As the Supreme Court meets to pass judgment on the 2010 health care law the nation’s largest union and professional association of registered nurses today warned that health care will remain beyond the reach of millions of Americans no matter how the court rules.
“Whether the Court overturns part or all of the law, or the Affordable Care Act remains fully intact, we will not have universal coverage, medical bills will still push too many Americans into bankruptcy or prompt them to self-ration care, and insurance companies will continue to have a choke hold on our health,” said Deborah Burger, RN, co-president of 170,000-member National Nurses United.
Citing recent data about the ongoing healthcare emergency, NNU Co-president Jean Ross noted that “the consequences of the denial of care en masse – now and in the future, with or without the ACA — could not be more ominous. Only more comprehensive reform, Medicare for Life, for all Americans, will finally produce real healthcare security for our country.”
Even with some positive elements, such as permitting young adults up to age 26 remain on their parents health plan, and some limits on insurance industry abuses, the healthcare crisis continues to worsen.
Despite its name the Affordable Care Act has done little to actually make healthcare affordable. Out of pocket health costs for families continue to soar. Nurses now routinely see patients who have postponed needed care, even when it might be life saving, because of the high co-pays and deductibles.
Delayed dental care illustrates the problem. A February Pew Center report noted a 16 percent jump in the number of Americans heading to emergency rooms for routine dental problems, at a cost of 10 times more than preventive care with fewer treatment options than a dentist's office.
Premiums have jumped 50 percent on average the past seven years, according to a Commonwealth Fund report last November, with more than six in 10 Americans now living in states where their premiums consume a fifth or more of median earnings.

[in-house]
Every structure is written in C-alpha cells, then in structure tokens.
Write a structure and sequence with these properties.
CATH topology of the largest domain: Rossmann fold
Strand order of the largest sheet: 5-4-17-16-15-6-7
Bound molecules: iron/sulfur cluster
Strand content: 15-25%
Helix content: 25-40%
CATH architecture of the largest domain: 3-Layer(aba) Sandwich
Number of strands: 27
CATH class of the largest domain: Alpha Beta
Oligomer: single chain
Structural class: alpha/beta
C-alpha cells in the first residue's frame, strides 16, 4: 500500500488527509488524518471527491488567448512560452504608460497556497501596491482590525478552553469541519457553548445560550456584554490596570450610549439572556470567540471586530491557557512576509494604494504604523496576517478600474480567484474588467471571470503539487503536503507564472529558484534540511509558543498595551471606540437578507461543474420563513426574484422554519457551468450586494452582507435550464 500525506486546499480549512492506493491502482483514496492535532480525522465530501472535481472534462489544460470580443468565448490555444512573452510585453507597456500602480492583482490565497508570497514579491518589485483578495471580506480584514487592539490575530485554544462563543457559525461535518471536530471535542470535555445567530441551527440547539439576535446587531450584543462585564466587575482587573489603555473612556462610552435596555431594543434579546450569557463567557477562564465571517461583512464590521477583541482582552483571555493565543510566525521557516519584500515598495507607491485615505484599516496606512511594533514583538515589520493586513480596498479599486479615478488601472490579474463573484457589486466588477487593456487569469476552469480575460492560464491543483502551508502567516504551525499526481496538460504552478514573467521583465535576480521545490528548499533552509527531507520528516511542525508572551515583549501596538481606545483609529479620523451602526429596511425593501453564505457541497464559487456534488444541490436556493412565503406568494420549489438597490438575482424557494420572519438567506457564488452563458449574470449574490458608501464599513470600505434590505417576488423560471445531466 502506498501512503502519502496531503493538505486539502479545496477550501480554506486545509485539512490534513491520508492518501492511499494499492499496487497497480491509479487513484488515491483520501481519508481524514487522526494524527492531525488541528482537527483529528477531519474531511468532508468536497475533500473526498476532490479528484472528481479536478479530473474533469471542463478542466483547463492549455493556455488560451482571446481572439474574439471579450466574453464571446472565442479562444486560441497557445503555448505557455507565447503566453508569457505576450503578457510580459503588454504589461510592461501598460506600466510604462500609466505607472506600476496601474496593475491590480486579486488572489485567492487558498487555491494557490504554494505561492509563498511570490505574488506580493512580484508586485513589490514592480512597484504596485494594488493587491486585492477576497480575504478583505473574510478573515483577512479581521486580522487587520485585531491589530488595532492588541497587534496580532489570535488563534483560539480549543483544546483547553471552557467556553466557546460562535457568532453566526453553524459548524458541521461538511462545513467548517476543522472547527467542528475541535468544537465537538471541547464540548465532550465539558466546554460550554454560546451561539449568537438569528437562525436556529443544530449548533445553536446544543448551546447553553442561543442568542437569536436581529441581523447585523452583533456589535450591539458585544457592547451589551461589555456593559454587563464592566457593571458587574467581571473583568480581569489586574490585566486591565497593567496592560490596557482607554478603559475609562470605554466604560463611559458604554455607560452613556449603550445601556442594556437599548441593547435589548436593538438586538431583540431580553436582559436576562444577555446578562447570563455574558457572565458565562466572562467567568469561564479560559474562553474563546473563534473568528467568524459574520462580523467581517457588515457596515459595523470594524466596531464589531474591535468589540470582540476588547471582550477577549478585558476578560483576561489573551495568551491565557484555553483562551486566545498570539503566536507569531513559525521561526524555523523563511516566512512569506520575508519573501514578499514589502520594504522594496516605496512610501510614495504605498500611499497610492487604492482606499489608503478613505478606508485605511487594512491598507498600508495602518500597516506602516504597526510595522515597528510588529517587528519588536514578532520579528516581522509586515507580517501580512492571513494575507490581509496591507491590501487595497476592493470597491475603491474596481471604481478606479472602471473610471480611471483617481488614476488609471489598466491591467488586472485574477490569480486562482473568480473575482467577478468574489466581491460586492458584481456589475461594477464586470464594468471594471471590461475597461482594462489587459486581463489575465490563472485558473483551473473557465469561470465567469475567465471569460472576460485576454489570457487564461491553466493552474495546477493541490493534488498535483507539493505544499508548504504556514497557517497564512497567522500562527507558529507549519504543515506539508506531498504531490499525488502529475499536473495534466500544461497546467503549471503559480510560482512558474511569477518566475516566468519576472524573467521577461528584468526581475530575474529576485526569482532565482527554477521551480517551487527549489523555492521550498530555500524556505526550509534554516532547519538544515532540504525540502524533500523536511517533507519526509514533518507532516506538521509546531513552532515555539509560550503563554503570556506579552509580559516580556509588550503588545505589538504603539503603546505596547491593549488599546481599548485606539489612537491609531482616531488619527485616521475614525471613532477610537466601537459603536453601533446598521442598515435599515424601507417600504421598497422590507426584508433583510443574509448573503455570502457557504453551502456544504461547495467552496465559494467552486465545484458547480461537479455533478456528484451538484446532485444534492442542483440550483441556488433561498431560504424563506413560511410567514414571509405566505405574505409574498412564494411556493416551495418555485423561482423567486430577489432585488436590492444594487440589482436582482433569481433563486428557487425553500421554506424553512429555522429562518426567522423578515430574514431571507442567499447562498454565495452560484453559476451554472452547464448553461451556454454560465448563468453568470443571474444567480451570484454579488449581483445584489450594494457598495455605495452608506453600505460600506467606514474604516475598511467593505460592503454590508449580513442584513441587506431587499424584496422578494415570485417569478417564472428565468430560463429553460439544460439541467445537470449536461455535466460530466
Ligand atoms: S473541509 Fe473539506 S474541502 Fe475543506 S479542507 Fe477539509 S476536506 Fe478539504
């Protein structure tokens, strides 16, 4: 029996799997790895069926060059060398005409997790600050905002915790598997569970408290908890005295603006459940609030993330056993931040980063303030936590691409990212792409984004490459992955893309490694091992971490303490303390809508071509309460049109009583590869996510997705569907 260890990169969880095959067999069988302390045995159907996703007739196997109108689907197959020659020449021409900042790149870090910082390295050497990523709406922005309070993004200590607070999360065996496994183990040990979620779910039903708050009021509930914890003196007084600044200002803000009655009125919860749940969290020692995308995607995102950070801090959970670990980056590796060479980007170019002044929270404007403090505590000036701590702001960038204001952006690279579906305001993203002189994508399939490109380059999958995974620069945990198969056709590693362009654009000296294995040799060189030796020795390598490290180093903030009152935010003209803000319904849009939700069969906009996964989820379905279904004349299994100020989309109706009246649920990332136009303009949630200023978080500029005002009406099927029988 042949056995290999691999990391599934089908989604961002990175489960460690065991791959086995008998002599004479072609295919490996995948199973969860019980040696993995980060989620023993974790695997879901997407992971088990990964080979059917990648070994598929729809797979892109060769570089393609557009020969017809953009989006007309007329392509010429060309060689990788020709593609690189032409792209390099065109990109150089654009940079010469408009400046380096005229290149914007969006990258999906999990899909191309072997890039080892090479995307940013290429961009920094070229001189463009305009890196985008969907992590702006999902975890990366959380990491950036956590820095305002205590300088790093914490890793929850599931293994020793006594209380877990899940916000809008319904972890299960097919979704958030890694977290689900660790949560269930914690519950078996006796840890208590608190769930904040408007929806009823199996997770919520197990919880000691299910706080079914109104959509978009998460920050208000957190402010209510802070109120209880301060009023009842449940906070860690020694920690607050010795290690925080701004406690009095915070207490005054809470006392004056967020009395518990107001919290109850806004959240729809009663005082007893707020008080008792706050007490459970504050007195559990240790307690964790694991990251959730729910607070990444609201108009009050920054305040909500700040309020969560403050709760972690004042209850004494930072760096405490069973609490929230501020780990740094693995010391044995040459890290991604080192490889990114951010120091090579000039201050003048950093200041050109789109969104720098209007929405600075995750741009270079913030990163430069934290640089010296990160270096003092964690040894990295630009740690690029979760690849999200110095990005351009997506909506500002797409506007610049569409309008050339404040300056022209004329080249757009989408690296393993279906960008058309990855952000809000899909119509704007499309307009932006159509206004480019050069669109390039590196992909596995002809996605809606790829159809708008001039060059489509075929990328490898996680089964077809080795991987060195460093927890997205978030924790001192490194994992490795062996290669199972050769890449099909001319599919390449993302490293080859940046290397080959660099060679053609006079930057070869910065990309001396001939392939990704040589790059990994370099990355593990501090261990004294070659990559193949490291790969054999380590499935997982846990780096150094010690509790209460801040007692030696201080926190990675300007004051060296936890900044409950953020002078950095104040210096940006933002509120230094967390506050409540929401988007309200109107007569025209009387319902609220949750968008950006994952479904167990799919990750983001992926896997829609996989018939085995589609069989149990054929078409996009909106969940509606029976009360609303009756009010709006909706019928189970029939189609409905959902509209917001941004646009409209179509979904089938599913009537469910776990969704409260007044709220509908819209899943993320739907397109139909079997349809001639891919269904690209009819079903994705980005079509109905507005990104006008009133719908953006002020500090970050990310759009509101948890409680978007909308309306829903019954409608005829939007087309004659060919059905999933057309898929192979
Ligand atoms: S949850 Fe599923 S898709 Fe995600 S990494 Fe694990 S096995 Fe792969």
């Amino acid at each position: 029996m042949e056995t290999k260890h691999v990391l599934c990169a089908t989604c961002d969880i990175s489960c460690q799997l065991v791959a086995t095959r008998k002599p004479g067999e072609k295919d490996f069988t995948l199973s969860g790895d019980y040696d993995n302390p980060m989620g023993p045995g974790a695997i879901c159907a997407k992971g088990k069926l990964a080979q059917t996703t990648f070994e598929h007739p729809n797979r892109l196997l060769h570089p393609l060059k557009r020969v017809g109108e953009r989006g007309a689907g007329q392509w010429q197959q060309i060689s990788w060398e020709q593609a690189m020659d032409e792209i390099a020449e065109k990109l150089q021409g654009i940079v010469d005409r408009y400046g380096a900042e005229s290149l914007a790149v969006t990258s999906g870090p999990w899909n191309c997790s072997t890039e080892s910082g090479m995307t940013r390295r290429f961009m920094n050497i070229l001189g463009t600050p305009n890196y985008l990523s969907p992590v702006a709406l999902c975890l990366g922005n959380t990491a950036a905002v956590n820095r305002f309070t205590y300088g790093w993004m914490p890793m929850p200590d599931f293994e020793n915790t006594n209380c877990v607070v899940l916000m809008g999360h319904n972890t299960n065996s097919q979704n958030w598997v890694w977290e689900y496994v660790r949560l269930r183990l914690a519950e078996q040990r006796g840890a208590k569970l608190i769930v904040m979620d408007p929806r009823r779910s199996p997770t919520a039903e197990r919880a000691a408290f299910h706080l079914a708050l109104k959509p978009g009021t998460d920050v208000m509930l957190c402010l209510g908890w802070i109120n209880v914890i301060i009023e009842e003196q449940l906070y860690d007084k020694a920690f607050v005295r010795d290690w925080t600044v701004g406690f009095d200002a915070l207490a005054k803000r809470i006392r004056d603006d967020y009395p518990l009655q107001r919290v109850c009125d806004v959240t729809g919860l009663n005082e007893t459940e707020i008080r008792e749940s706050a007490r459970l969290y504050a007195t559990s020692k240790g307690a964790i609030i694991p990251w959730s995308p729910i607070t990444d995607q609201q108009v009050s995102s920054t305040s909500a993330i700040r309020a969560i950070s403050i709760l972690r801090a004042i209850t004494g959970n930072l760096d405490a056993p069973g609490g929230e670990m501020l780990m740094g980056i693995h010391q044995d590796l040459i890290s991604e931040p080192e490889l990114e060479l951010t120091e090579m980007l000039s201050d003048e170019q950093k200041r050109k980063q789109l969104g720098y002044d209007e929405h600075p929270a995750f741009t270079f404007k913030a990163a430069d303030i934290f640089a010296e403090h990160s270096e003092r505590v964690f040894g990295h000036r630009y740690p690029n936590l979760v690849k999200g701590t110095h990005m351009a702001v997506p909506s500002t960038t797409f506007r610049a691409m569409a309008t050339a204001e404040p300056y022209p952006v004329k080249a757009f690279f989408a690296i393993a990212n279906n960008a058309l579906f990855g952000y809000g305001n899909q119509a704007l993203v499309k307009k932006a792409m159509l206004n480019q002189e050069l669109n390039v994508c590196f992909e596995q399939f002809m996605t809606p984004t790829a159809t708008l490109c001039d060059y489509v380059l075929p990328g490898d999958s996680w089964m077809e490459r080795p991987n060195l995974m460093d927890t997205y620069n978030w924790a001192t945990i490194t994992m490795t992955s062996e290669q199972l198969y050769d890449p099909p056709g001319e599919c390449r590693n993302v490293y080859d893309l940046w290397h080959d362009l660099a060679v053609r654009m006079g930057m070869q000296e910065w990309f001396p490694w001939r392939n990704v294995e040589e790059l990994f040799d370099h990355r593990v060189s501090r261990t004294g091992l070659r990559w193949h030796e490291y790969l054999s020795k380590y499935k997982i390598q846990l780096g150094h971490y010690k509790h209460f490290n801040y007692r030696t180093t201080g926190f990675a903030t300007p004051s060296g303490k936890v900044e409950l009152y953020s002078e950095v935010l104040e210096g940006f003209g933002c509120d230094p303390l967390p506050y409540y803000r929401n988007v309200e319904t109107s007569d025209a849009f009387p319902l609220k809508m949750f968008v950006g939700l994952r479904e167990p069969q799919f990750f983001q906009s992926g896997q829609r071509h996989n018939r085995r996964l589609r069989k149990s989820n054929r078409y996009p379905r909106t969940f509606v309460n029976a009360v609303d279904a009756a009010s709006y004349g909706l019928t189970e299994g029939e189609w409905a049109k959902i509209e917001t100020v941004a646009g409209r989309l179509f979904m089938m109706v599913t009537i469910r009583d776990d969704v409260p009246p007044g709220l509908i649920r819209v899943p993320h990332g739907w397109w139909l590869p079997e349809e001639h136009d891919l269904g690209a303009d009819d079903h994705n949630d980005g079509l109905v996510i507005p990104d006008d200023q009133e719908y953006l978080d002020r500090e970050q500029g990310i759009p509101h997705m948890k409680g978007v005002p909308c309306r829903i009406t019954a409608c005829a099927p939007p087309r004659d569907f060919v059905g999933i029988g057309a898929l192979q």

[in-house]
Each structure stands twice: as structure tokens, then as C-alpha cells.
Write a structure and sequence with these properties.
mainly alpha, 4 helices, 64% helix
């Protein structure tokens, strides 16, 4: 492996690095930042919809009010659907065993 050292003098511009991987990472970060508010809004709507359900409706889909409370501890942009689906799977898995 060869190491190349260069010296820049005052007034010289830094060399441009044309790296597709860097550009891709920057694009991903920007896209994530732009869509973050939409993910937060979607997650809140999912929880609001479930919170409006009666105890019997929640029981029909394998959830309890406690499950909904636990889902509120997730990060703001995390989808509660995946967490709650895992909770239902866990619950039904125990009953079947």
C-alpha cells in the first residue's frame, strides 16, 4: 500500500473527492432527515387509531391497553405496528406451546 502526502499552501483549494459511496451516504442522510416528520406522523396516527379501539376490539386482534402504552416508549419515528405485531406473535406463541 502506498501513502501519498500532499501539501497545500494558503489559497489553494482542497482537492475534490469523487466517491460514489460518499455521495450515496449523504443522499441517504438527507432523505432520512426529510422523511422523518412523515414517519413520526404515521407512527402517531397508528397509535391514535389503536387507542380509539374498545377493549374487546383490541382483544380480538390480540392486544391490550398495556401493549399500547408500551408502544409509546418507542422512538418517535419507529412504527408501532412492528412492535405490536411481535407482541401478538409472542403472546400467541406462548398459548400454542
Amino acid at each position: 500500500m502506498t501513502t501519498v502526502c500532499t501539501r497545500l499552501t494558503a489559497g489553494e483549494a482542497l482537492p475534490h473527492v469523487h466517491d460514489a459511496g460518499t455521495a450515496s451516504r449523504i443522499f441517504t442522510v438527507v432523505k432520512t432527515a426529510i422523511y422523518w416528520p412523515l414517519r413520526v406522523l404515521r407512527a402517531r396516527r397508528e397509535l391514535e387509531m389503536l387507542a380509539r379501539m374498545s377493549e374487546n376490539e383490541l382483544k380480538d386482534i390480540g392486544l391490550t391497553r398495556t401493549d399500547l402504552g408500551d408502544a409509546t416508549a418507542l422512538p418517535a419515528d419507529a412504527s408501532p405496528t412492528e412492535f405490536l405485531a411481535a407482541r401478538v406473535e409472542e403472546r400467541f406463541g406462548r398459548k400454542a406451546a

Medical bills for years have been the leading cause of personal bankruptcy. Increasingly they ruin people’s credit as well. Another Commonwealth Fund report earlier this month found that 30 million Americans were contacted by collection agencies in 2010 because of medical bills.
Fifty million still have no health coverage. Another 29 million are under insured with massive holes in their health plans, up 80 percent since 2003, according to the journal Health Affairs.
The percentage of adults with no health insurance at 17.3 percent in the third quarter of 2011 was the highest on record, up from 14.4 percent just three years earlier, Gallup reported.
On quality, the U.S. continues to lag far behind other nations. Two breathtaking examples:
More than 80 percent of U.S. counties trail life expectancy rates of nations with the best life expectancies, the University of Washington found last June. Some U.S. counties are more than 50 years behind their international counterparts.
The U.S. ranks just 41st in the world in death rates for child bearing women, and it has been getting worse, according to the World Health Organization. The average mortality rate within 42 days of childbirth has doubled in two decades, partly due cuts in federal spending for maternal and child health programs the past seven years.
Our economic meltdown has exacerbated the crisis. For the past year, nurses have seen a spike in health woes associated with job loss, high medical bills, poor nutrition and other economic factors. These include stress-induced heart ailments in younger patients, hypertension, anxiety and “gut” disorders.
“More handouts to the private insurers and other healthcare corporations will not improve these dreadful statistics,” said Burger. “The choke hold on our health by the same Wall Street types who tanked our economy is exactly what has caused the falling health barometers on access, quality, and cost.”
“This country needs to take care of our people– not pretend to do so,” said Ross. “For two generations, Medicare has provided quality care to seniors at costs that are affordable—in fact. It’s time to deal with the reality of a nation in desperate need of quality health care for all. It’s time to put in motion a plan for Medicare for Life. For all Americans. Once and for all.”